A new First City Players production is set to debut next week, bringing to the stage an upbeat and musical take on classic comic strip characters.
In a Thursday interview with the Daily News, FCP Executive Director Elizabeth Nelson said that “You’re a Good Man, Charlie Brown” was just the show she was looking for this summer.
“I was looking for something that met our criteria,” Nelson explained. “One, it had to have a small cast. Two, I wanted something that was absolutely, completely and totally family-friendly. I wanted something that would lift spirits, and this particular show just ticked every single box.”
The show also doesn’t require many sets or costume changes for the six-member cast and small backstage crew.
The cast brings to life six of the Peanuts characters first brought to life via comic strips by illustrator Charles Schulz. Performers include James North in the role of titular character Charlie Brown, Dani Steepe as Lucy van Pelt, Peter Epler as Linus van Pelt, Amanda Glanzer as Sally Brown, Niles Corporon as Schroder and Dani Pratt as Snoopy. The show also features a small cameo appearance by Epler’s daughter, Addy.
Bridget Mattson, along with Clare Bennett, have directed choreography for the show, while Deidra Nuss served as the musical director.
Nelson said that at the time of auditions earlier this year, local uncertainty about the coronavirus potentially caused some FCP regulars to shy away from the stage.
However, “We had enough people, we had more than enough people,” Nelson said of the audition turnout, which resulted in a cast rounded out with some returning performers and fresh faces. “... And I ended up with a cast that I’m really, really happy with.”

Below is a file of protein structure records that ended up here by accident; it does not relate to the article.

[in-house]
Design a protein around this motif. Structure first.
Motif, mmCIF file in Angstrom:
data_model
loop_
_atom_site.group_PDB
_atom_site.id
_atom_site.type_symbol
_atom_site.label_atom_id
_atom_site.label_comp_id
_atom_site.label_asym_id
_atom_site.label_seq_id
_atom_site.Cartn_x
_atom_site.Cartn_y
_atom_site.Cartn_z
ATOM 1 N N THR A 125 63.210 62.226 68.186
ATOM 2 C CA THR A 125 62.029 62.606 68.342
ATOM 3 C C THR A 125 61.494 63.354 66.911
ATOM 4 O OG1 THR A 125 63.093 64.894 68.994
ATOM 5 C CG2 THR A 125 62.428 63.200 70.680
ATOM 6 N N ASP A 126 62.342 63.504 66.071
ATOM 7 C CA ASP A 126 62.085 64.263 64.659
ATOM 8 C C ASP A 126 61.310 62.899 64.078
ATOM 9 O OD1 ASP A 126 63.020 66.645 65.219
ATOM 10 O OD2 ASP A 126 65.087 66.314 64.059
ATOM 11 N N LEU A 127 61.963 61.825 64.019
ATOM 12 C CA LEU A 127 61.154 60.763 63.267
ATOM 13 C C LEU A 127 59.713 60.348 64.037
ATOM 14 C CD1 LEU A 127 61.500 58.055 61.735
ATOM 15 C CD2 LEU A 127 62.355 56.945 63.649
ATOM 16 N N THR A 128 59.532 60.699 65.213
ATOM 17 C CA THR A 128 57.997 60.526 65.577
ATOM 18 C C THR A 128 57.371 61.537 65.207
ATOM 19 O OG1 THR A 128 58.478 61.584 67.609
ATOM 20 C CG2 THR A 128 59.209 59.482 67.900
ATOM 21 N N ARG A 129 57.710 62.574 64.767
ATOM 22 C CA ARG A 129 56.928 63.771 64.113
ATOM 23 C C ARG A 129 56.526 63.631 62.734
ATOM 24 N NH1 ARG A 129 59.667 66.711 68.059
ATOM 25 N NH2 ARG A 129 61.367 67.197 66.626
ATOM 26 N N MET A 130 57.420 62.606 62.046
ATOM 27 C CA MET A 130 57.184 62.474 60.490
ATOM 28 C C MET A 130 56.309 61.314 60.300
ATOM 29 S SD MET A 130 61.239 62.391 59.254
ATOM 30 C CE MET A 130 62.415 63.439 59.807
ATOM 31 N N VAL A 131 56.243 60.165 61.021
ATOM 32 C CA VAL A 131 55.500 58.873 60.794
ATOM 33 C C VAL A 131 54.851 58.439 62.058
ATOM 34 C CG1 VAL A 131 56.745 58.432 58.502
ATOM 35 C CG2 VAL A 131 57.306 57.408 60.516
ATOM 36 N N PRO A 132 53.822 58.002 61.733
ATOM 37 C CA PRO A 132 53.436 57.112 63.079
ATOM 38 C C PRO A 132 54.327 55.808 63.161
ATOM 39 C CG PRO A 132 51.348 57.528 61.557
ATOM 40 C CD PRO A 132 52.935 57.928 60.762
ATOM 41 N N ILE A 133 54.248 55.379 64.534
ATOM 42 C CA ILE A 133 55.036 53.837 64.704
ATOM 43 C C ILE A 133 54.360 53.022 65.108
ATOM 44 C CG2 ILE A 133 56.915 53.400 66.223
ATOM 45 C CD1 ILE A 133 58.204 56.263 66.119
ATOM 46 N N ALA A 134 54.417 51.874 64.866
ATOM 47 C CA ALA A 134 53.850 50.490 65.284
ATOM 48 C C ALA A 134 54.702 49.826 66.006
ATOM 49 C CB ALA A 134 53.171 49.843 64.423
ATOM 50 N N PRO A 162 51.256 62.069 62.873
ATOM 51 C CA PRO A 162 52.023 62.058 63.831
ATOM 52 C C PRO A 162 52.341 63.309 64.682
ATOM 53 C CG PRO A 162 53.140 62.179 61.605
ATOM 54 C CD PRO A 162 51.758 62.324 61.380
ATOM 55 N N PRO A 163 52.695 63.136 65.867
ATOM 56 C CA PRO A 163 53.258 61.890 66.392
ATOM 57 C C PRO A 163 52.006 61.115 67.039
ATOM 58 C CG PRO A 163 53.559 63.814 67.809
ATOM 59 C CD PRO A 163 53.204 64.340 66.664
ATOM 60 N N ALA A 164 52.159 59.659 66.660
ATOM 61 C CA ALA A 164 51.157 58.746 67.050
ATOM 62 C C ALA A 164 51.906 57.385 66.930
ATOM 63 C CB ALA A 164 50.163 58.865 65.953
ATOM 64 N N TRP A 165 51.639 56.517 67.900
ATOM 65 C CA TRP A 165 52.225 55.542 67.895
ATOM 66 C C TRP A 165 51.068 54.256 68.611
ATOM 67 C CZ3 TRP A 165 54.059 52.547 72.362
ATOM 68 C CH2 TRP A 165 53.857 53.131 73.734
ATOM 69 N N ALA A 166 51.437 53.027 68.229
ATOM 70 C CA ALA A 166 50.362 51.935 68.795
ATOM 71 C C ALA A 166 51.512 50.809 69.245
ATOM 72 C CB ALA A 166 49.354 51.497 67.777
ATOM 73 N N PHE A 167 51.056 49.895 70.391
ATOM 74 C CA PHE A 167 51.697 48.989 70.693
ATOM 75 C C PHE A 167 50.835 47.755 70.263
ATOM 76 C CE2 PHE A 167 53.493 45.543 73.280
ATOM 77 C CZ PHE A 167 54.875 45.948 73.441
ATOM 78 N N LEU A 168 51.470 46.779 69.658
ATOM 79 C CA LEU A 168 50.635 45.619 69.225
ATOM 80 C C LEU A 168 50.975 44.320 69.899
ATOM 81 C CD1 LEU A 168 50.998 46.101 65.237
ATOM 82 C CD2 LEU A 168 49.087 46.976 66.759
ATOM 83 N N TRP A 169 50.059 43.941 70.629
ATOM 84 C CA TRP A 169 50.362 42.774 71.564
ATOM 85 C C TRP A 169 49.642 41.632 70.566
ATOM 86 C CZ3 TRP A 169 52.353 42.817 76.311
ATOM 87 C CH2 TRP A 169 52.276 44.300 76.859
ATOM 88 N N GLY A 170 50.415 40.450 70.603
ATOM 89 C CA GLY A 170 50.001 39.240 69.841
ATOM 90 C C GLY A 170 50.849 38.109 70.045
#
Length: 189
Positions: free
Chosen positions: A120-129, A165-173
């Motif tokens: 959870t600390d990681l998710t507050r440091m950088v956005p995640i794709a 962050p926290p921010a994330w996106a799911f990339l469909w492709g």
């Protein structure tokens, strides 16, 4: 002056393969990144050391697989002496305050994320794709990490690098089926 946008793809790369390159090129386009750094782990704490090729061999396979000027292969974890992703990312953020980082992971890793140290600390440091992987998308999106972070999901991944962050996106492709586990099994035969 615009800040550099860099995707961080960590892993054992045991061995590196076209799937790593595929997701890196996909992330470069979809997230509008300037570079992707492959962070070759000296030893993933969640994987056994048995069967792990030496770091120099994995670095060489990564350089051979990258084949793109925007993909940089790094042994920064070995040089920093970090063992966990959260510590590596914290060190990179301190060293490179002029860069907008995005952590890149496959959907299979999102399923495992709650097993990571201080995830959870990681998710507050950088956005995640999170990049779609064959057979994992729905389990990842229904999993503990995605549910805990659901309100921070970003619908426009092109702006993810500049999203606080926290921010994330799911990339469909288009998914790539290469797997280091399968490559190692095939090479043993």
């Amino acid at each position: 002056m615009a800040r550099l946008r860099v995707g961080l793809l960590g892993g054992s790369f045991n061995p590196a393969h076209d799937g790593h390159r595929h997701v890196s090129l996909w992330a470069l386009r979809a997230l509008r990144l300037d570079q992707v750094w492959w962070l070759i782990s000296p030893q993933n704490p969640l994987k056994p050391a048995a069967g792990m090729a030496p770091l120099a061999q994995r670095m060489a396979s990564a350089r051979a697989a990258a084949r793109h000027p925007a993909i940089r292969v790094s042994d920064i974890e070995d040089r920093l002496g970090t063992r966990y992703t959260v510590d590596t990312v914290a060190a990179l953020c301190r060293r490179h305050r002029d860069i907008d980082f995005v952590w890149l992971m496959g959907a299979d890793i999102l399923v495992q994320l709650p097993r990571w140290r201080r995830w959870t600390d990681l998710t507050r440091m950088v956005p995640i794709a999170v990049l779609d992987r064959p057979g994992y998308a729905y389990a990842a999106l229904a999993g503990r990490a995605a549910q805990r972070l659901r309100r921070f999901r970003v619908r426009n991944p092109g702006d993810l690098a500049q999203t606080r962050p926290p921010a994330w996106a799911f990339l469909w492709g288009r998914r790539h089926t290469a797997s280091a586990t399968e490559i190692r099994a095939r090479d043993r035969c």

And that cast has been working on bringing classic Charlie Brown moments to life on the stage during rehearsals for the past three months.
“Where most shows have a throughline story — there’s a plot — this show is really more like the comic strips themselves,” said Nelson. “Where we will have a short little story — it definitely tells a story — but it’s over when it’s done. A lot of them are told in musical numbers. It’s really lighthearted, so to me, it’s perfect for where our world has been recently.”
The cast — all of whom were fully vaccinated against the coronavirus when rehearsals began — have still been proceeding cautiously amidst rapidly changing local guidance.
“We of course have gone through all of the ups and downs of the last two weeks,” Nelson said. “It’s like everything else in this past year. You don’t know what tomorrow will bring.”
But Nelson hopes that “You’re a Good Man, Charlie Brown” can bring some positive reviews from local families.
“It’s just something that you can go to with your entire family and come back loving everything about it, everything about the world,” she said.
For cast member Dani Steepe, the lighthearted production is her first FCP credit.
“It’s so cute, it’s so funny,” she described the show. “It’s really precious. It’s just a day in the life of Charlie Brown.”
Steepe plays Lucy van Pelt, and although she hasn’t ever participated in an FCP show, she isn’t new to the world of theater.
“It was something that I did when I was younger,” Steepe told the Daily News on Thursday afternoon. “I did musicals in fourth- through eighth-grade, and then I opted to go down the road of athletics instead of musical theater. And I played softball in college, actually, but now my competitive sports life is over and I’m returning to musical theater.”
Steepe said her role of Lucy is a fun exercise in playing a character with a personality opposite of her own.
“I am not a bossy, pushy person and it has been a lot of fun to embody this character that just thinks she’s always right,” Steepe said. “She bosses everyone around.”
She said that getting ready for her first production in years has illustrated differences to the performances she did in the past.